Embracing the McKenzie River Valley
Anya Moucha is the new Communications Coordinator for Oregon Wildlife Foundation. Originally from the Midwest, she has previous experience working for environmental organizations and most recently finished a year with the AmeriCorps RARE program.
As a relatively new transplant to Oregon, I’ve spent the last year exploring as much of the state as possible. From the Gorge, to Astoria, down to Bandon, Medford, Crater Lake, and more, I feel like I’ve done a fairly good job so far getting to know my way around.
Had it not been for a group retreat, it probably would have taken me a lot longer to make it down to the McKenzie River Valley. Nested in the Willamette Forest between Eugene and Sisters, I had heard of the beauty of the river, but had written it off in lieu of the other, more well known sites across the state. But my expectations were quickly exceeded before we even arrived at our campsite. From the unbelievably clean water, to towering trees, over the course of the weekend I had ample opportunity to explore some trails and embrace the landscape around me.
We started the trip with a night camping at the Olallie Campground just outside of McKenzie Bridge. Although we arrived after dark and didn’t get the opportunity to see the area that night, it was peaceful to fall asleep to the sound of the rushing river.
The next day, we set out to Clear Lake. Despite our best efforts, the frigid water of the snow melt lake was much too cold to swim in. Instead, we opted for a short hike and some relaxation. Next, we drove a short two miles to the trailhead of Sahalie Falls, where after hiking no more than 100 yards we were quickly rewarded with a beautiful waterfall. We continued hiking down a bit farther, but had to turn back before making it to Koosah Fall, the second waterfall on the trail.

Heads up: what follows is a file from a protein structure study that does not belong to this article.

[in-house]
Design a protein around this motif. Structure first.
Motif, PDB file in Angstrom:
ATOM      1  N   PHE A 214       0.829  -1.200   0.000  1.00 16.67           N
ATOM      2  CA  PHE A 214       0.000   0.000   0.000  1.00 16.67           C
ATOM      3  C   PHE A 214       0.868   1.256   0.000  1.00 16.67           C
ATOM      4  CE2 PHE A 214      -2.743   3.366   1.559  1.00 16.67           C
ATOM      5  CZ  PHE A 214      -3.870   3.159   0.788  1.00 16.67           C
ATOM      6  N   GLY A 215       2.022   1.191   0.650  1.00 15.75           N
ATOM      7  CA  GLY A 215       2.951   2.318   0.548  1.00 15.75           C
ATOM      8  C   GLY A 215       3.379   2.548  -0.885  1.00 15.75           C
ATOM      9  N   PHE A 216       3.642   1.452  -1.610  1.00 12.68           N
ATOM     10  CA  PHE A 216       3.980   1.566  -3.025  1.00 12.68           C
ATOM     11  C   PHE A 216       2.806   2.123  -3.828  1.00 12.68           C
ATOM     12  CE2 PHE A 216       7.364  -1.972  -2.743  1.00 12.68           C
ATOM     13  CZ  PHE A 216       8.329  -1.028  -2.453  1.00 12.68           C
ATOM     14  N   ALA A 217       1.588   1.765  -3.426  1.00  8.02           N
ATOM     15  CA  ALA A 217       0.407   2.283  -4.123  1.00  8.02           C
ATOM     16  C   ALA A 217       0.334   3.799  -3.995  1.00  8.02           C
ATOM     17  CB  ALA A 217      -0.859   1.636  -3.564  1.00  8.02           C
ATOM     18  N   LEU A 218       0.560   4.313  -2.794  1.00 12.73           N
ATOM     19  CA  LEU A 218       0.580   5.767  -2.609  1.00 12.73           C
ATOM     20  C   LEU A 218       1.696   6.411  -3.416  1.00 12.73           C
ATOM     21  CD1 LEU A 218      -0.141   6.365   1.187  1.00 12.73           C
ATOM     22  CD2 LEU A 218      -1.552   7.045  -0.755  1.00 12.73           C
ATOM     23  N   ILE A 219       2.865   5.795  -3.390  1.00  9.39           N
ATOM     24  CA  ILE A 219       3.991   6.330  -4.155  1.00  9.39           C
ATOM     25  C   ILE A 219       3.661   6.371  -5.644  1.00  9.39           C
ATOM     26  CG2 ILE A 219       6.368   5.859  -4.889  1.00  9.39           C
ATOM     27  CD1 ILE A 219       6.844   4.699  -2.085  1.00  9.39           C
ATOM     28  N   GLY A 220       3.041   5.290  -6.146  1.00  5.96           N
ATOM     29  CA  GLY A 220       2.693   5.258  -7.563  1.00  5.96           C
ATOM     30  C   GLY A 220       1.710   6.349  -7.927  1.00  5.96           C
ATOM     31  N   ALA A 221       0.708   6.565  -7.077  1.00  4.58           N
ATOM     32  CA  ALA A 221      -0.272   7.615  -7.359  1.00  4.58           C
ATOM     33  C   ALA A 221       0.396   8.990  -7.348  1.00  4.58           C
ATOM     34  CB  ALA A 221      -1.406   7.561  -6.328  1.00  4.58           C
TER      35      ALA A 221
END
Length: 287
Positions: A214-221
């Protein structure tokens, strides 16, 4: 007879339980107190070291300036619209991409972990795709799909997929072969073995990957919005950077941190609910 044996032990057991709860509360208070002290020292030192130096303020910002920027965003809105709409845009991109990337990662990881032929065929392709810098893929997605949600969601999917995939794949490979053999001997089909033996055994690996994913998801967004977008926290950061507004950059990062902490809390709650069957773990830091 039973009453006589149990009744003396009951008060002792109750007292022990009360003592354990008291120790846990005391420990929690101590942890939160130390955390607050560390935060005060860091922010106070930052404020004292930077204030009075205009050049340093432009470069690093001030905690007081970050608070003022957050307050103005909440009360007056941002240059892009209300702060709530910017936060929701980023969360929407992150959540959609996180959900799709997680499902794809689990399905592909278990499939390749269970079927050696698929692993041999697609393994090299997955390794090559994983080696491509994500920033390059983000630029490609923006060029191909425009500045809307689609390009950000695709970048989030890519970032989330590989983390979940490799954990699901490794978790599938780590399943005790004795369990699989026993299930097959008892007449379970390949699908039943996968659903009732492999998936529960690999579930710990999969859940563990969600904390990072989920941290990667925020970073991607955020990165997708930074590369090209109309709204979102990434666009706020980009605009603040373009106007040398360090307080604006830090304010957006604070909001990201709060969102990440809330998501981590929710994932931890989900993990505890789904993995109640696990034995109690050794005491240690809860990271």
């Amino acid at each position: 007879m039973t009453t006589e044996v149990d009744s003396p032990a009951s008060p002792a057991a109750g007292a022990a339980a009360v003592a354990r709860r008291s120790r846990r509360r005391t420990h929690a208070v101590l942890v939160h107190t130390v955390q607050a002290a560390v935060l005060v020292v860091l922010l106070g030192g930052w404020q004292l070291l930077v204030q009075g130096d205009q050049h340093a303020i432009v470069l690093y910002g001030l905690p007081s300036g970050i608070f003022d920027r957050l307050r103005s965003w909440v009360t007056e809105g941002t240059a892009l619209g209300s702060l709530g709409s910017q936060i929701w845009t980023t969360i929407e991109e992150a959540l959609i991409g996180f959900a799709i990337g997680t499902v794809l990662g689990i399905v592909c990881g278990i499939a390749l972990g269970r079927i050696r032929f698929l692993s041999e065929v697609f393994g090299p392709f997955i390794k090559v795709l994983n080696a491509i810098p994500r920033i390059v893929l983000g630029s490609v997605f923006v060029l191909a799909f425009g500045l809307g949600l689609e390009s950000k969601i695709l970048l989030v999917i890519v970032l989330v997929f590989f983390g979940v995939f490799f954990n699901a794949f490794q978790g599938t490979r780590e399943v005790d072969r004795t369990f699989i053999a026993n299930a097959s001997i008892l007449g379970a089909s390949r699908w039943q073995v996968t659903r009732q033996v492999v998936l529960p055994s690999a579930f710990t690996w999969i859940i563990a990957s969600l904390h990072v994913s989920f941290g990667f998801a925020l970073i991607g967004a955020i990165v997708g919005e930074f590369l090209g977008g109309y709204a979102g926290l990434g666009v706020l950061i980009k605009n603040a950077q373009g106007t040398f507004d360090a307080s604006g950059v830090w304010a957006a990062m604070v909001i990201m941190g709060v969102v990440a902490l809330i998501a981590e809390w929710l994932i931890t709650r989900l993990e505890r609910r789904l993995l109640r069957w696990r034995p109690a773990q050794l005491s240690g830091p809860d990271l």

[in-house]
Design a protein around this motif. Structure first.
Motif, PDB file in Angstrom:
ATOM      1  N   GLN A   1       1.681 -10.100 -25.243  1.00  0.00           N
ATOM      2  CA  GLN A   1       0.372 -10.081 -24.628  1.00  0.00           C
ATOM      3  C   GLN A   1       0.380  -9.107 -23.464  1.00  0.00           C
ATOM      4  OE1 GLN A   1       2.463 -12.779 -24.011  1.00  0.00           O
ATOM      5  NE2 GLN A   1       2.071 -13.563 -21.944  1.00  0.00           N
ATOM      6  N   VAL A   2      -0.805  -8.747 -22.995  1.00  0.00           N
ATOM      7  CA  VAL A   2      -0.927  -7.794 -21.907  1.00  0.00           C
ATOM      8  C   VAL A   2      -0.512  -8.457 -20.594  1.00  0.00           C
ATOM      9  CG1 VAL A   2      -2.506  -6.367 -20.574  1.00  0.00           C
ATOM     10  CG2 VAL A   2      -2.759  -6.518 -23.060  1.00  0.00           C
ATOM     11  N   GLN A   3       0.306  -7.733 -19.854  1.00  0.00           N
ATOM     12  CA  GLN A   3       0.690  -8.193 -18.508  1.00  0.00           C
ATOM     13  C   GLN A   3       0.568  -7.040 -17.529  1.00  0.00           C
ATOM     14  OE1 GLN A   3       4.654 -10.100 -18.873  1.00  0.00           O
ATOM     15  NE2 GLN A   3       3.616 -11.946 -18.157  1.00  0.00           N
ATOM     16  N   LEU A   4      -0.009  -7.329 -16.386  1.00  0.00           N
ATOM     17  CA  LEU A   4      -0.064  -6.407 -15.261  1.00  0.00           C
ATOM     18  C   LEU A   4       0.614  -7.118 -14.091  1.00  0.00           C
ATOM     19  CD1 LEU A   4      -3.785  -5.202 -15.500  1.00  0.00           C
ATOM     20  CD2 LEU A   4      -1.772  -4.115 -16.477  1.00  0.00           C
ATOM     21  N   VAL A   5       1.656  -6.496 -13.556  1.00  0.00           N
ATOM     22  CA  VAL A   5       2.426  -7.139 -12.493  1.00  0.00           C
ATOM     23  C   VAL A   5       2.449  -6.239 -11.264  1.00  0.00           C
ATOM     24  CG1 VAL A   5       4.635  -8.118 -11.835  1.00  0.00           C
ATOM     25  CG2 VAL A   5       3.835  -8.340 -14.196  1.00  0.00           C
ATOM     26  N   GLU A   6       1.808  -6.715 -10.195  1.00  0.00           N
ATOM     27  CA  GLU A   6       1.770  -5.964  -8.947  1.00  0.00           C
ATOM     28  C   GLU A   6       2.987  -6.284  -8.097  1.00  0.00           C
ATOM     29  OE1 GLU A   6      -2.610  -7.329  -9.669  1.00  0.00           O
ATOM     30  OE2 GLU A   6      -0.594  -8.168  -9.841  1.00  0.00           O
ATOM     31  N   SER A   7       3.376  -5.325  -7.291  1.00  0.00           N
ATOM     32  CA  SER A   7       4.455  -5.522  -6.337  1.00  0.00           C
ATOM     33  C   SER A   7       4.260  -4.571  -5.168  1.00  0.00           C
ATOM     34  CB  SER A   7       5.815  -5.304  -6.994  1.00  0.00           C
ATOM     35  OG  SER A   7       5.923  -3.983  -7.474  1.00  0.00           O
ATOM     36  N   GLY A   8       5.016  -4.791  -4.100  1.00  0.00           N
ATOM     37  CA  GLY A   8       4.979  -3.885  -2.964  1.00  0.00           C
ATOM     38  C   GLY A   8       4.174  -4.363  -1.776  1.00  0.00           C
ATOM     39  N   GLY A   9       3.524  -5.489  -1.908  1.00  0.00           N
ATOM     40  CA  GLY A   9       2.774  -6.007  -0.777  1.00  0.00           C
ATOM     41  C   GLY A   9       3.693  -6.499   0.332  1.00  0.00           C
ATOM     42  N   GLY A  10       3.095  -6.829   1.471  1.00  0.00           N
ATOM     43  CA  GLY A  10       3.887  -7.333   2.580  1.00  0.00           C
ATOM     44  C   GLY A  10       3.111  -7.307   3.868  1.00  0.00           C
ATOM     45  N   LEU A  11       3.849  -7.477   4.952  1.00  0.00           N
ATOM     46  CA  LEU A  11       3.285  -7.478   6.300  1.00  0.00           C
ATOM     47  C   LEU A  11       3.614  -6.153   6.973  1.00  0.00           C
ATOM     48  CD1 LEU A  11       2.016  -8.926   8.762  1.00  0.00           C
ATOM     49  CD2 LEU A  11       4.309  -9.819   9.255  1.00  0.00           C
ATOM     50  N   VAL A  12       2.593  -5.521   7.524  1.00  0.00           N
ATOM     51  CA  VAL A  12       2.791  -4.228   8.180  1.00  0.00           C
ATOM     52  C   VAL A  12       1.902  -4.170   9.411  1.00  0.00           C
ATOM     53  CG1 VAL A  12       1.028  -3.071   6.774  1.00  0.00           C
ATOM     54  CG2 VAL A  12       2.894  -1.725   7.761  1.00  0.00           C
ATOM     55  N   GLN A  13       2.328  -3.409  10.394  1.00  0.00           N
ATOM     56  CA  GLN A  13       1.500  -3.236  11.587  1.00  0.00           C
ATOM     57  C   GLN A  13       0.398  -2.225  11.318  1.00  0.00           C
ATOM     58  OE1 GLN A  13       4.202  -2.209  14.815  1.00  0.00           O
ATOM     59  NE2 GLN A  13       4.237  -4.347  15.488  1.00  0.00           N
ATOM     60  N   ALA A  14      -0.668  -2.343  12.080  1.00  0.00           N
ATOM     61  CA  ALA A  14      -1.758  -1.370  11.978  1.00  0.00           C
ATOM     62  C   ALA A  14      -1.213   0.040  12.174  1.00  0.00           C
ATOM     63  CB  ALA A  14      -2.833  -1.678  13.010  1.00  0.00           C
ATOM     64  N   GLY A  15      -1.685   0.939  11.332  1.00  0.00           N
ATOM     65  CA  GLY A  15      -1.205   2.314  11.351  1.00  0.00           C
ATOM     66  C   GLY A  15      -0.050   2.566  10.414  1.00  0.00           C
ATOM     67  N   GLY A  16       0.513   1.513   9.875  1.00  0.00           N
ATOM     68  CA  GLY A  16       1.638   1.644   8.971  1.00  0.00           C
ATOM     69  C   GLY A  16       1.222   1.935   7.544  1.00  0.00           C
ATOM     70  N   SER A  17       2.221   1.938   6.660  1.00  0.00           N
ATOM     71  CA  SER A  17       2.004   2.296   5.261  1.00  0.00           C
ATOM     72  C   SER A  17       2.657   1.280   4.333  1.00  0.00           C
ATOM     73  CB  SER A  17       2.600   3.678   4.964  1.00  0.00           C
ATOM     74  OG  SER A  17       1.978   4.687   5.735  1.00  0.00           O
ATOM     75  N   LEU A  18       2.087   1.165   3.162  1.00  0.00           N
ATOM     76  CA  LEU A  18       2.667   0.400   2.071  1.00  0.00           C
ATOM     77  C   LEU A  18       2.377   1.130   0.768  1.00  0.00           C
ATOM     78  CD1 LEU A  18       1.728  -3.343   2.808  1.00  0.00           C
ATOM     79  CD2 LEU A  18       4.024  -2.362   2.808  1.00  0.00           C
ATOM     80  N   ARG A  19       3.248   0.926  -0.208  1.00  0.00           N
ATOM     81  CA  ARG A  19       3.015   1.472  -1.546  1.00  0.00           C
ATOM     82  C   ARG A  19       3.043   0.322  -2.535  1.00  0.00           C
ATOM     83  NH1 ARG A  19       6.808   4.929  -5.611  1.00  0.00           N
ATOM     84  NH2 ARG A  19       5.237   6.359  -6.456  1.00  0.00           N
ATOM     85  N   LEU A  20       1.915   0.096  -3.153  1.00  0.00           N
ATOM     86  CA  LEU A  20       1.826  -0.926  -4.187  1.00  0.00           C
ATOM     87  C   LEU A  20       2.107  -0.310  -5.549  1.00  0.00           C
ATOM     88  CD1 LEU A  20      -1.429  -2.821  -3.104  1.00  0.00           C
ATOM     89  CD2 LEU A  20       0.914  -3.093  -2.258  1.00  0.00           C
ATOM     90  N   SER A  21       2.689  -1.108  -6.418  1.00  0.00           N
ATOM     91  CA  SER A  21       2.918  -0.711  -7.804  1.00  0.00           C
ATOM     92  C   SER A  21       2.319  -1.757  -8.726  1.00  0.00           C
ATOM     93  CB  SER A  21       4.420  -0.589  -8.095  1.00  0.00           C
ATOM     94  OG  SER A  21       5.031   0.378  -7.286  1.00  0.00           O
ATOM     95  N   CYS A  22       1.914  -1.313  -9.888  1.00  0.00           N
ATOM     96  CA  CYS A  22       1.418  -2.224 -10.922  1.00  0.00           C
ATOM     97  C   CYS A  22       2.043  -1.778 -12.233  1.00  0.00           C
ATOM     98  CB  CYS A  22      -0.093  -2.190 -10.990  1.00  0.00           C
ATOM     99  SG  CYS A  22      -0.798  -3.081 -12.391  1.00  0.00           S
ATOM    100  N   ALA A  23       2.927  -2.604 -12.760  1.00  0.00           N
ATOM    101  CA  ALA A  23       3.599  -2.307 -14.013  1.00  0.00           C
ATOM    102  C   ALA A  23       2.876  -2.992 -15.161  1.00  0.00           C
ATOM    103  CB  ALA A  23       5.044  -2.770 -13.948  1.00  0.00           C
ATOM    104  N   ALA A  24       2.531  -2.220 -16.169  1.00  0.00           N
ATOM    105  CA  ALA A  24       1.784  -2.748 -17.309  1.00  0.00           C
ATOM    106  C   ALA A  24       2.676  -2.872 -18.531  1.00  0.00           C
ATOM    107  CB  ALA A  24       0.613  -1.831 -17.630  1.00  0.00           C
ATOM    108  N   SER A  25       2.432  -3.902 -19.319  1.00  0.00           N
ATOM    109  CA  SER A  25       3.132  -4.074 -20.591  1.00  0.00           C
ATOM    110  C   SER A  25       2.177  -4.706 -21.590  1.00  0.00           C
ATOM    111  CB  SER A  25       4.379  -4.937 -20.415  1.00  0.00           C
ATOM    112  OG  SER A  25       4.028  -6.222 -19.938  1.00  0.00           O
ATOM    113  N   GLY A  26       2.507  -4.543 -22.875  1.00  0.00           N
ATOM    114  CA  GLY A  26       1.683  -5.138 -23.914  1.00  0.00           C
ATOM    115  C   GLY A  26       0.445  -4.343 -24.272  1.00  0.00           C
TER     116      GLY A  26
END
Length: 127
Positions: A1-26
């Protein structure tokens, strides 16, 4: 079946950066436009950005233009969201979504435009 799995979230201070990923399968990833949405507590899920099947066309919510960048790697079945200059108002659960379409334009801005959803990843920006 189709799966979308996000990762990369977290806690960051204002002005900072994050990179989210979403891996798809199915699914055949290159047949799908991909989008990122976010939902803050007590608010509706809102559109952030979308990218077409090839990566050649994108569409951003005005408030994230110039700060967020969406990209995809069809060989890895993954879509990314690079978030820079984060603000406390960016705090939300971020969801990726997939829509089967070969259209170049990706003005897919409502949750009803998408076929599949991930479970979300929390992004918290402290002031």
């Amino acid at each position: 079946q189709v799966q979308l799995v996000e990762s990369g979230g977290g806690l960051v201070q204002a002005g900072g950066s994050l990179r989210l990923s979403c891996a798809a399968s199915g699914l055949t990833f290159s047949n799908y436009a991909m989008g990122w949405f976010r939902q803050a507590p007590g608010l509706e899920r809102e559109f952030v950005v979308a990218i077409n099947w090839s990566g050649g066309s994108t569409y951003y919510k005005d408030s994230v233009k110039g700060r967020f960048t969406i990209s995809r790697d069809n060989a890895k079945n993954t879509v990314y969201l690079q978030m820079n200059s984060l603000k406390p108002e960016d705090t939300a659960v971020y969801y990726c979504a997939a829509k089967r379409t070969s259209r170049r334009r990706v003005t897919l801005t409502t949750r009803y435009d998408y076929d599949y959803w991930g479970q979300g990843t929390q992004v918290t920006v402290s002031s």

The next day, our group was given a blissful way to cool off from the heat with a rafting trip down the McKenzie River. Having never been rafting before, I was hesitant, but ultimately loved the experience. Our guides explained that the water in the McKenzie River was so clean because it had been filtered through porous volcanic rock for more than seven years.
We closed out our trip the following day with a hike up to Tamolitch Pool, or Blue Pool, the location where the McKenzie River seeps back up to the surface after being in underground lava beds. The clarity of the water is almost unbelievable. Our group stayed near the rim of Blue Pool, but other visitors climbed down to experience the frigid water. We sat on the rocky terrain and watched as slack liners inched their way across a rope high above the water and dogs happily pranced into the turquoise water.
With so many places to see throughout the state, it’s easy to spend all your time checking out new spots. However, I know I’ll be carving out time to go back to the McKenzie River Valley soon.
Photo Credit: Kimberly Thomson